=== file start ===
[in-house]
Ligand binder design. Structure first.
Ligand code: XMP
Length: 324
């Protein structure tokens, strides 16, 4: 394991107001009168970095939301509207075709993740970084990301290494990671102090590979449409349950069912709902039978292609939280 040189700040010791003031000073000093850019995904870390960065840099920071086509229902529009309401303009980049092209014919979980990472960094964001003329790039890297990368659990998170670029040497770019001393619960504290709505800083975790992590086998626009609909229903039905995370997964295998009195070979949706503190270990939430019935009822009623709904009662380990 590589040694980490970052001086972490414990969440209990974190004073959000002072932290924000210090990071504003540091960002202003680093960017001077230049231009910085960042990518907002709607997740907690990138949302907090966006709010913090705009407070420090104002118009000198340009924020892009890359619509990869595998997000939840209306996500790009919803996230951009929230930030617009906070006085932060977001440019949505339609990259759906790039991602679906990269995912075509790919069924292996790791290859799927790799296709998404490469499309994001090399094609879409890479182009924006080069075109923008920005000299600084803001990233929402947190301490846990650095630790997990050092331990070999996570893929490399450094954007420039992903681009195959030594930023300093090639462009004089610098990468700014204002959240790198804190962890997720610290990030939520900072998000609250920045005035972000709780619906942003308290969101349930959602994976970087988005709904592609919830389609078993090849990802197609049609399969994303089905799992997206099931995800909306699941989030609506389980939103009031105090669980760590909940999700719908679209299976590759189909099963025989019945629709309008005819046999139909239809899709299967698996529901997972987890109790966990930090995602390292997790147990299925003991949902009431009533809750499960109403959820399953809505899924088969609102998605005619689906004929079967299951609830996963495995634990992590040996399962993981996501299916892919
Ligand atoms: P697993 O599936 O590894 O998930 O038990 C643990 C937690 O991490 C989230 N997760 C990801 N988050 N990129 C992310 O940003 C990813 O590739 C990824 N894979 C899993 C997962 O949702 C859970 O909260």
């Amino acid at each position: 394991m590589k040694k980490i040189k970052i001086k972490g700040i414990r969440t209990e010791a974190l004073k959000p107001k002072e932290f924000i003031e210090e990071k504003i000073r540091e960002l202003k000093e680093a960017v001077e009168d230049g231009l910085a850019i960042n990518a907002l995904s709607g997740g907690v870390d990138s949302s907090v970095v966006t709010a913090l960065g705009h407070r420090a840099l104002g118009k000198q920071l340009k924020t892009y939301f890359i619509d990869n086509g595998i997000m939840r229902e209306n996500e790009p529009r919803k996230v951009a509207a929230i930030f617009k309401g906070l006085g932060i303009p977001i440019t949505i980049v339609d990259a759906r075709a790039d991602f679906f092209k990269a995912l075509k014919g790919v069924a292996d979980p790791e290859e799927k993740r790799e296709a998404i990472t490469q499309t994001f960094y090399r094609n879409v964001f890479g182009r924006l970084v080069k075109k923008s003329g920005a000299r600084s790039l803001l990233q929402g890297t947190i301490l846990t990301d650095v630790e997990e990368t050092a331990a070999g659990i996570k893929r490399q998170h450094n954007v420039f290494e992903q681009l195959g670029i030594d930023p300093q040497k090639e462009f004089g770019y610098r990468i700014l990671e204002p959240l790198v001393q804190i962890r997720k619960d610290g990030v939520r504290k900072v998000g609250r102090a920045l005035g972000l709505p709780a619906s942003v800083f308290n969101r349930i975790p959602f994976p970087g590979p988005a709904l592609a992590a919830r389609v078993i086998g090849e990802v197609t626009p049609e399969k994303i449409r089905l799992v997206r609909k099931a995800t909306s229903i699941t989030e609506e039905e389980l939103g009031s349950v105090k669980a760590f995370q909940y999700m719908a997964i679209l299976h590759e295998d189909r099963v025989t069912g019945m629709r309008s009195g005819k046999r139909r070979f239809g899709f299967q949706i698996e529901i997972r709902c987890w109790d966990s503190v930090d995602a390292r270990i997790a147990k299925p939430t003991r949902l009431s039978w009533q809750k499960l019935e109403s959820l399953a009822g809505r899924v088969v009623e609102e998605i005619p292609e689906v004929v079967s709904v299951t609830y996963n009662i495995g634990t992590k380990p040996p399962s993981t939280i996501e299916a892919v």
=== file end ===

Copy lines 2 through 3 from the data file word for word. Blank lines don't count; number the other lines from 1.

Ligand binder design. Structure first.
Ligand code: XMP